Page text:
According to the US Government Accountability Office (GAO), the federal government sent approximately 1.1 million stimulus payments (a total of $1.4 billion) to deceased people. 

GAO says that the Internal Revenue Service (IRS) and the Treasury moved quickly to disburse 160.4 million payments worth $269 billion. In addition, says the report, "The number of economic impact payments going to decedents highlights the importance of consistently using key safeguards in providing government assistance to individuals. IRS has access to the Social Security Administration's full set of death records, but Treasury and its Bureau of the Fiscal Service, which distribute payments, do not. GAO recommends that Congress provide Treasury with access to the Social Security Administration's full set of death records, and require that Treasury consistently use it, to help reduce similar types of improper payments."

GAO says, "IRS and Treasury face additional risks related to making improper payments to ineligible individuals and fraud. For example, IRS typically uses third-party data, such as the death records maintained by the Social Security Administration (SSA), to detect and prevent erroneous and fraudulent tax refund claims. Treasury and IRS did not use the death records to stop payments to deceased individuals for the first three batches of payments because of the legal interpretation under which IRS was operating. The first three batches of payments accounted for 72 percent of the payments disbursed as of May 31. According to the Treasury Inspector General for Tax Administration, as of April 30, almost 1.1 million payments totaling nearly $1.4 billion had gone to decedents."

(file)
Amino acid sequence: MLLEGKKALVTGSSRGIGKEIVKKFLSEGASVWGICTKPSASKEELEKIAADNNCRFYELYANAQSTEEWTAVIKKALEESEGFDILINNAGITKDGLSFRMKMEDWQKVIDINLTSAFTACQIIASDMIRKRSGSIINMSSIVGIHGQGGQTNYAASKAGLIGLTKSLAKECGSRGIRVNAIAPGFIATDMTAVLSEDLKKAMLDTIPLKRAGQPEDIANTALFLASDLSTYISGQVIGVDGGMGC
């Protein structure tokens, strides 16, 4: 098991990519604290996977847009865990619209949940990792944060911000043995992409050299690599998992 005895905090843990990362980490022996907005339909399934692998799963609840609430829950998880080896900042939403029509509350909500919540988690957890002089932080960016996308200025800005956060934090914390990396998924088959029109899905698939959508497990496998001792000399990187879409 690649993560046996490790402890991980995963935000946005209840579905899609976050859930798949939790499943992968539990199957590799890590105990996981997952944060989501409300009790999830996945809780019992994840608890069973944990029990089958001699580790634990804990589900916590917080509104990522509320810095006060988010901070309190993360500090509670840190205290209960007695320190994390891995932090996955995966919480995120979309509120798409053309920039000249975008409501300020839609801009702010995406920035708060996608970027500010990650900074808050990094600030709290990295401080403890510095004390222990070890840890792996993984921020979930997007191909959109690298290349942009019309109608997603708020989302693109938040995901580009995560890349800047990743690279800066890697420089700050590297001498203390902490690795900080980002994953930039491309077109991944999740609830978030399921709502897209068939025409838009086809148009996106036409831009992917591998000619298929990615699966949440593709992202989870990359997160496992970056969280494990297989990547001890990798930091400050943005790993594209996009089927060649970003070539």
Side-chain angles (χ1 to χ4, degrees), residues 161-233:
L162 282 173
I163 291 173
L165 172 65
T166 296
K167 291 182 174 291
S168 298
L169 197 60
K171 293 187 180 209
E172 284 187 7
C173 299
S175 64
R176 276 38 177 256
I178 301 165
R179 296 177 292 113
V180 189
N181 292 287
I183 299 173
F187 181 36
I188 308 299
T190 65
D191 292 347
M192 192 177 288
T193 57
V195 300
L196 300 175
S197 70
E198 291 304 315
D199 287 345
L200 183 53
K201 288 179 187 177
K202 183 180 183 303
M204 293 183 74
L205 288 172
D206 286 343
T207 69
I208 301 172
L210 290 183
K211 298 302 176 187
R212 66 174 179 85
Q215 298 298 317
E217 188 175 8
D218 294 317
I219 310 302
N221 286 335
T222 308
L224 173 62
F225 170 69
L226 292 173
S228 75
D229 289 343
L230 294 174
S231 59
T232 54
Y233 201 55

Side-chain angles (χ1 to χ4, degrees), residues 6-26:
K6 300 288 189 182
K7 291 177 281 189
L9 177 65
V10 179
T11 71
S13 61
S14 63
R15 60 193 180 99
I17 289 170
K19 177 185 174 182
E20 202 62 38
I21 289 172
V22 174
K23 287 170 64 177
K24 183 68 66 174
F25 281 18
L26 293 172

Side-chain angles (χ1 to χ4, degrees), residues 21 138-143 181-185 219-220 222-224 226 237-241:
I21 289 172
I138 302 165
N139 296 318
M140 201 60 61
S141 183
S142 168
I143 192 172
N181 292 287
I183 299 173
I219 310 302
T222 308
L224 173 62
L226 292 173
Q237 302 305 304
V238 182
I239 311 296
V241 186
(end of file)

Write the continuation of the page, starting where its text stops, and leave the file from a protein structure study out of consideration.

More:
In the report, GAO examines the four relief laws that were enacted as of June 2020, including the CARES Act, in March 2020, which have appropriated $2.6 trillion across the government. Six areas—Paycheck Protection Program (PPP); Economic Stabilization and Assistance to Distressed Sectors; unemployment insurance; economic impact payments; Public Health and Social Services Emergency Fund; and Coronavirus Relief Fund—account for 86 percent of the appropriations (see figure).


For the full report, visit